What is the major difference between a cyclic hemiacetal and a cyclic acetal?

1 Answer
Jan 13, 2016

A cyclic acetal is a protecting group. It forms when you react an aldehyde in acid with an organic diol like ethanediol. There are two nucleophilic attacks on the same carbonyl carbon here, one of which is an intramolecular ring formation.

A cyclic hemiacetal is formed when you protonate an aldehyde that has a hydroxyl group far enough away that an intramolecular ring formation can be made, but with only one nucleophilic attack on the same carbonyl carbon, not two.

Or, instead of protonating the aldehyde's carbonyl oxygen, you could somehow deprotonate the hydroxyl cation (like by making a sodium derivative of the compound), which is what is shown at the bottom.


  1. We're starting with an already-protonated acetone. It was protonated with some hydronium. The pKa of ethanediol is about #14.2#, compared to that of water, which is about #15.7#, so water better retains its protonated (hydronium) form, meaning water is a slightly better "proton-transferring agent", so to speak, than ethanediol.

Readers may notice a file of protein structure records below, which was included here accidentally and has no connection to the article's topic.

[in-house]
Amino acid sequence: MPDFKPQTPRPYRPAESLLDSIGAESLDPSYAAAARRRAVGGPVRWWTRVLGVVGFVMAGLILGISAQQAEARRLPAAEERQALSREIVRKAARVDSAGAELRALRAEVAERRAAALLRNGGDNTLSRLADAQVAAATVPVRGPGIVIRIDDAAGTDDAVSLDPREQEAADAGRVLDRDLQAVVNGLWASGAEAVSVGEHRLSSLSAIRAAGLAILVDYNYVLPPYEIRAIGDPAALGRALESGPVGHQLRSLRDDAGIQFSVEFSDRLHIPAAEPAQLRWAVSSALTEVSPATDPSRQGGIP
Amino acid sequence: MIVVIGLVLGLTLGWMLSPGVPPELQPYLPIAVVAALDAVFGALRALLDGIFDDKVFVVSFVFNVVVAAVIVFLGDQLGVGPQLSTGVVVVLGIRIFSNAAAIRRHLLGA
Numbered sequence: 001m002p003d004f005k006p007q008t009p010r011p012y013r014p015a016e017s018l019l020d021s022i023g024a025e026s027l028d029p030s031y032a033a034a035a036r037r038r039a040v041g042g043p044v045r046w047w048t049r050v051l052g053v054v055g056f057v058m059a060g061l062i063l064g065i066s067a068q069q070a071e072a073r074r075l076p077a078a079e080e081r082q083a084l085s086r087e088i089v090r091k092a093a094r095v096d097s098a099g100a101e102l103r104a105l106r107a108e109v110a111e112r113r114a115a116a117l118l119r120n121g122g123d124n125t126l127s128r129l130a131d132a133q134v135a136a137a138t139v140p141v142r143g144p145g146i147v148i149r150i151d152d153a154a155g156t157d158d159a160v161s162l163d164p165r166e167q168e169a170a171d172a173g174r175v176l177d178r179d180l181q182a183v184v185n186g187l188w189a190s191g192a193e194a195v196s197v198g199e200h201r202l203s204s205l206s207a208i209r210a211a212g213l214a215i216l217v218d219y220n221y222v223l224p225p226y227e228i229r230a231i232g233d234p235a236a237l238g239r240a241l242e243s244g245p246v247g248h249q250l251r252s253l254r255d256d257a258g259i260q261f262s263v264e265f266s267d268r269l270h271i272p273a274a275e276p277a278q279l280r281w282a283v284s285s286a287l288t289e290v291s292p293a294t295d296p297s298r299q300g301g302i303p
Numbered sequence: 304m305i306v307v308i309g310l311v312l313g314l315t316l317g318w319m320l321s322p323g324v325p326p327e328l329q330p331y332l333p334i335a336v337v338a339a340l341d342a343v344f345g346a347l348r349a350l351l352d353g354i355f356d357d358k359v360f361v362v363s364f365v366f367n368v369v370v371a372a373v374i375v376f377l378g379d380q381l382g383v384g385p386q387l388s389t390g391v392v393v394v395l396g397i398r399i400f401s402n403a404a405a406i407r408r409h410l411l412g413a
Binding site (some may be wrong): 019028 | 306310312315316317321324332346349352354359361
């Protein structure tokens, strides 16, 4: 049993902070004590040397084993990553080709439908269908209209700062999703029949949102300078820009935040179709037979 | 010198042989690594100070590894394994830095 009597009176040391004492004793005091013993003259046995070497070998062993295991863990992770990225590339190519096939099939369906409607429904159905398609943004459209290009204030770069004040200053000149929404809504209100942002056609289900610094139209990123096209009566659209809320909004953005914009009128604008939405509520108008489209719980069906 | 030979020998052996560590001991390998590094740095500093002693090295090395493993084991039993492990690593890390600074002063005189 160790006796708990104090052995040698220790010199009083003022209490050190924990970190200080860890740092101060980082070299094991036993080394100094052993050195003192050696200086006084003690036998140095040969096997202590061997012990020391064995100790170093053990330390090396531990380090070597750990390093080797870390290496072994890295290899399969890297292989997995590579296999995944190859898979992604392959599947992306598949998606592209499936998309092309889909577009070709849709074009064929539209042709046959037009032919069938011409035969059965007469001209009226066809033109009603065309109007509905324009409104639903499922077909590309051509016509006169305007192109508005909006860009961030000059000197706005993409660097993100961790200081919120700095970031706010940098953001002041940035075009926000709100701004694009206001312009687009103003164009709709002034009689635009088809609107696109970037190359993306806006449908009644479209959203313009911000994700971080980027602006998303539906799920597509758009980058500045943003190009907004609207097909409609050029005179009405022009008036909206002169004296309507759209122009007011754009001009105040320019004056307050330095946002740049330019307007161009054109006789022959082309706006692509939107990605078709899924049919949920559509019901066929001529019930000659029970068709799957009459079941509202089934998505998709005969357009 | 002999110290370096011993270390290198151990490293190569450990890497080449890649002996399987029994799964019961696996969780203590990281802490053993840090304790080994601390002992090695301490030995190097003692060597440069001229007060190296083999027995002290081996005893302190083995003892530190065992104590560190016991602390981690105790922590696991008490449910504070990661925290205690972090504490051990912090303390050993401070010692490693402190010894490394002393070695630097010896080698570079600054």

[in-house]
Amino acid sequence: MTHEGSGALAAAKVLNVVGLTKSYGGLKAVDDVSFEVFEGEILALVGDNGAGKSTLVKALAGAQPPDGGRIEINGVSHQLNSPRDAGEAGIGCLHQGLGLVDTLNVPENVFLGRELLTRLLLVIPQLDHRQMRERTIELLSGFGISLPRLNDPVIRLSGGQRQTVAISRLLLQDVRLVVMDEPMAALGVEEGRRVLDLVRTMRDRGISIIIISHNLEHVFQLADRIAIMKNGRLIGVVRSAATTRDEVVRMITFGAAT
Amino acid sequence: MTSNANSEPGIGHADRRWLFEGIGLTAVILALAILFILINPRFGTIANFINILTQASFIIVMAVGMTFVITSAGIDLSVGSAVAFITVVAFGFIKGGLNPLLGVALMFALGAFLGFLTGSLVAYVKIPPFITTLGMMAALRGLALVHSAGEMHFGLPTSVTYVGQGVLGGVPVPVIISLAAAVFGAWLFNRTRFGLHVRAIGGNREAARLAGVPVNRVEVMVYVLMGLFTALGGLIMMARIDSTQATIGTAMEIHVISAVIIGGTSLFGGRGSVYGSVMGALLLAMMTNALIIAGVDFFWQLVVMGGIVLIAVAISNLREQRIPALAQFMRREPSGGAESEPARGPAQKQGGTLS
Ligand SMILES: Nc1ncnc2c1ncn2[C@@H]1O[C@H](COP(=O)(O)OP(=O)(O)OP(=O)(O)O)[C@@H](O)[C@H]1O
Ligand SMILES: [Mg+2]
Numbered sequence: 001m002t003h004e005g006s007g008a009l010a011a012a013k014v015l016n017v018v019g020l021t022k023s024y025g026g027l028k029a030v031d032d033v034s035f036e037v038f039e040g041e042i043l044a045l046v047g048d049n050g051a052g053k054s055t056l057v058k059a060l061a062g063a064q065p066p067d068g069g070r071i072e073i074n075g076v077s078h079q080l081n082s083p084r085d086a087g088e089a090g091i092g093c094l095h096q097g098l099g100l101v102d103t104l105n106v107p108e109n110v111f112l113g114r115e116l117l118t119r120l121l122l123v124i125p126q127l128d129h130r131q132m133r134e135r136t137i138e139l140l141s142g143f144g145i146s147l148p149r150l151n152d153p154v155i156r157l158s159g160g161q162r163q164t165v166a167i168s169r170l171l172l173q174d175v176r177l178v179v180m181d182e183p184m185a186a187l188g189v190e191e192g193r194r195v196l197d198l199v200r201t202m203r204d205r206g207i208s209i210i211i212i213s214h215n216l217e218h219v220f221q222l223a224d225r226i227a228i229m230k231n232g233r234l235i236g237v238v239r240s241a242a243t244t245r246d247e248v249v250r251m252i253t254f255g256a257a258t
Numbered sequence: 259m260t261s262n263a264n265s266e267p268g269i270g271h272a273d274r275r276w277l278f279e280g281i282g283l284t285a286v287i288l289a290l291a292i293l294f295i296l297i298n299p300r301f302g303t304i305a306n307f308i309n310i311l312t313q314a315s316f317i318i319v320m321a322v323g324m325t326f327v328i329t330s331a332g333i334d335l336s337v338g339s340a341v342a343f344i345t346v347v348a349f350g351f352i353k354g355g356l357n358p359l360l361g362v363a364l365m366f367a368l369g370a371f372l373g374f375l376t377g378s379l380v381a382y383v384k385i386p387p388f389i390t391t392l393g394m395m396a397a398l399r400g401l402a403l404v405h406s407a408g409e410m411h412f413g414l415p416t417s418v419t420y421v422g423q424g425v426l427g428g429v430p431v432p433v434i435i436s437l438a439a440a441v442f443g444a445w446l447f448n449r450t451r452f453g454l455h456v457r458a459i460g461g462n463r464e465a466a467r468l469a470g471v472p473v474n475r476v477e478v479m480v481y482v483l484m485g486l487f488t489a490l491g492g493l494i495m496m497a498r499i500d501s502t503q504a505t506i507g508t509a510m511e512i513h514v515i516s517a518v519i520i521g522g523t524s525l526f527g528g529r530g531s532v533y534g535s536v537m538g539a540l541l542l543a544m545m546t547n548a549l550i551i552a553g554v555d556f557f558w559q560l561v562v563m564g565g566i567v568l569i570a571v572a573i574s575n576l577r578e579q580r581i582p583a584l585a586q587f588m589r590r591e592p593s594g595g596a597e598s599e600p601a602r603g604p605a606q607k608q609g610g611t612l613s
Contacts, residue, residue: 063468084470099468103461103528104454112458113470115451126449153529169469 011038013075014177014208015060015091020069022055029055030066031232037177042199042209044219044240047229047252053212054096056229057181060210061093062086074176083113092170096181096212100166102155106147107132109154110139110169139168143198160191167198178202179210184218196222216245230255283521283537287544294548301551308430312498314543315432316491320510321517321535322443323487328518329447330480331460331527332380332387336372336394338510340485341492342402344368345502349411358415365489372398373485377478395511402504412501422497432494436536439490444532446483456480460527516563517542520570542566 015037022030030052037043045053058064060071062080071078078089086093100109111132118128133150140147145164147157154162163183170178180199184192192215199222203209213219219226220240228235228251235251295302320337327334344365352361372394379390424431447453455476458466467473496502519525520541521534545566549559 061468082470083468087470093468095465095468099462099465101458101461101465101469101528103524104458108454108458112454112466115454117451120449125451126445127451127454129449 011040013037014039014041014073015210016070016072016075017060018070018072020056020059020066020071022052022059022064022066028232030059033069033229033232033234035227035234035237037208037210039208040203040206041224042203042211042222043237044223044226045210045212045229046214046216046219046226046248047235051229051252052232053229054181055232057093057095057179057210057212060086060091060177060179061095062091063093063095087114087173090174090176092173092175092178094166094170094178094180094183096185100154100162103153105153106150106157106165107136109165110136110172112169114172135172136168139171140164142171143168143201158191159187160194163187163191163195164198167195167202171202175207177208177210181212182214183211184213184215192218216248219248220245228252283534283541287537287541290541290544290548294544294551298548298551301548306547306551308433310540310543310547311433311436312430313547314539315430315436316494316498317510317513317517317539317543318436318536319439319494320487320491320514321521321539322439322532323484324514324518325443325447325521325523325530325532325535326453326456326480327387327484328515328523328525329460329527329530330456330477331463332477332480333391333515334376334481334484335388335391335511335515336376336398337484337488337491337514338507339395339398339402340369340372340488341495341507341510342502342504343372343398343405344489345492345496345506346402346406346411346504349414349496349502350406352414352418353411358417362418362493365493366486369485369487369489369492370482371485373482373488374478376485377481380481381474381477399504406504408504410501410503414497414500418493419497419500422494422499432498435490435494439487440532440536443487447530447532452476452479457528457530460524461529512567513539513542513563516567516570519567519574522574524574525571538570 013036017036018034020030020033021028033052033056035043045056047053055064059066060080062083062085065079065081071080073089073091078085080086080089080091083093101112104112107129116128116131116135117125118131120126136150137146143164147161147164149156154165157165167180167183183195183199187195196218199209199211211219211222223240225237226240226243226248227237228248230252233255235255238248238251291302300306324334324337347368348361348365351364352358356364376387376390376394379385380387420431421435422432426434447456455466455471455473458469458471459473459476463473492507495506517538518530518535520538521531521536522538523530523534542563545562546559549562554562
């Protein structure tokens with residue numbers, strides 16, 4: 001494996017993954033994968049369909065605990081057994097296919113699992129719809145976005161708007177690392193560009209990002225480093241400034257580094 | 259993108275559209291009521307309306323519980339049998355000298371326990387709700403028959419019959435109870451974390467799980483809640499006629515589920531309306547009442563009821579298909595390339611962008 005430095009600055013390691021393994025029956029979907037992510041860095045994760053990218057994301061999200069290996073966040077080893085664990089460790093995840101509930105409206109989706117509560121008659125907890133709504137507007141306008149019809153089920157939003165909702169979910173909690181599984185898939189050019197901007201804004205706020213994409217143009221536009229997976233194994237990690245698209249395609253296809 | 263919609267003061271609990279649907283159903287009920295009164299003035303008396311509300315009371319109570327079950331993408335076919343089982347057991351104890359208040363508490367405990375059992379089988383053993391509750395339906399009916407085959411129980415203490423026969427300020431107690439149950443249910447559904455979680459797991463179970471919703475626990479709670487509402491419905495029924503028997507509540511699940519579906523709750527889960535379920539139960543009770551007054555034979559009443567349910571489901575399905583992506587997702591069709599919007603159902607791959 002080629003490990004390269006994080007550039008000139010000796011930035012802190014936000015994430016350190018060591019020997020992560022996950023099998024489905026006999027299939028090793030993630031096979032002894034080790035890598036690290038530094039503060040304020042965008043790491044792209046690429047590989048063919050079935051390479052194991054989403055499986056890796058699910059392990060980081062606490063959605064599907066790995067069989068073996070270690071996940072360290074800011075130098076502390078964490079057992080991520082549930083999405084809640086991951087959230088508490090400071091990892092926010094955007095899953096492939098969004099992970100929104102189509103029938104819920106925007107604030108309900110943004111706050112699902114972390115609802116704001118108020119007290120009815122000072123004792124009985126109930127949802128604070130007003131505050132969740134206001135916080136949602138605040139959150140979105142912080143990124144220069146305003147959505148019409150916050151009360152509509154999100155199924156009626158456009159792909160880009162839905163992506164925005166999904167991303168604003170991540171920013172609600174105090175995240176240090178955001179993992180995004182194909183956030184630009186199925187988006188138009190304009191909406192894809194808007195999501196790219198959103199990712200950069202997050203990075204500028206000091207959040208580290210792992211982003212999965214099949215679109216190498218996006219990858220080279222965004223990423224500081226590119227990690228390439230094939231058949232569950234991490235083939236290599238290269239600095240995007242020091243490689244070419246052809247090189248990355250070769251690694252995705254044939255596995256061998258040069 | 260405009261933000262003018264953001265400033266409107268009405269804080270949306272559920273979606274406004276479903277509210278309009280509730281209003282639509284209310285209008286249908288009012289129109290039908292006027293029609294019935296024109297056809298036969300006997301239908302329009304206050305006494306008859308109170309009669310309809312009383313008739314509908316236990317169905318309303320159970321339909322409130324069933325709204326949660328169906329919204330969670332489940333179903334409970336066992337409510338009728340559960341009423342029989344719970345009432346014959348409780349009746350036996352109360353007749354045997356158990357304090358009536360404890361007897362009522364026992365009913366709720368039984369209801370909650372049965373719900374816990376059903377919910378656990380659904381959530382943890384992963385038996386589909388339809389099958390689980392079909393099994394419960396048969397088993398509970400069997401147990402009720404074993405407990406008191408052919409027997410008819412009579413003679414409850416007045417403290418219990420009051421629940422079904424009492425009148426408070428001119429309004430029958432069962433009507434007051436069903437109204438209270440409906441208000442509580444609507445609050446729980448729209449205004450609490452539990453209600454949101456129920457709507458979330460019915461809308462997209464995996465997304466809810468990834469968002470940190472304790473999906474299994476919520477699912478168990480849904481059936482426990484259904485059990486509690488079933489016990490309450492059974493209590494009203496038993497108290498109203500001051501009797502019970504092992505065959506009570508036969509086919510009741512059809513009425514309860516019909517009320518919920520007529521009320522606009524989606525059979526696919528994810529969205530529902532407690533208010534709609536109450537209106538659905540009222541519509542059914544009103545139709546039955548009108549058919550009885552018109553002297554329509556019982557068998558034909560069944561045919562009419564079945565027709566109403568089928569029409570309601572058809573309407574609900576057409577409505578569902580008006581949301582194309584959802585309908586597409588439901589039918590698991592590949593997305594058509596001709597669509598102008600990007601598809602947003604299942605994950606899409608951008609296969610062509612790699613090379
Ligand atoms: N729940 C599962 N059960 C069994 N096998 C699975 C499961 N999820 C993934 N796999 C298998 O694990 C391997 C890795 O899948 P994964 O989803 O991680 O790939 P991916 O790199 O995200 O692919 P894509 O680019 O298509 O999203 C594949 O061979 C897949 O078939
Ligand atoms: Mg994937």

2. Proton transfer part 1. We are trying to remove the top #"OH"# group since we want to replace it with the protecting group.
  3. Proton transfer part 2. This is the step that helps that occur, by turning the top hydroxide into a better leaving group.
  4. Tetrahedral collapse makes the #"OH"_2^(+)# leave, giving another protonated intermediate. This is susceptible to intramolecular ring formation.
  5. And it happens. The ring formation.
  6. Regenerate the dominant form of the acid catalyst.


We're kinda going to skip straight to the nucleophilic attack because you get the idea by now.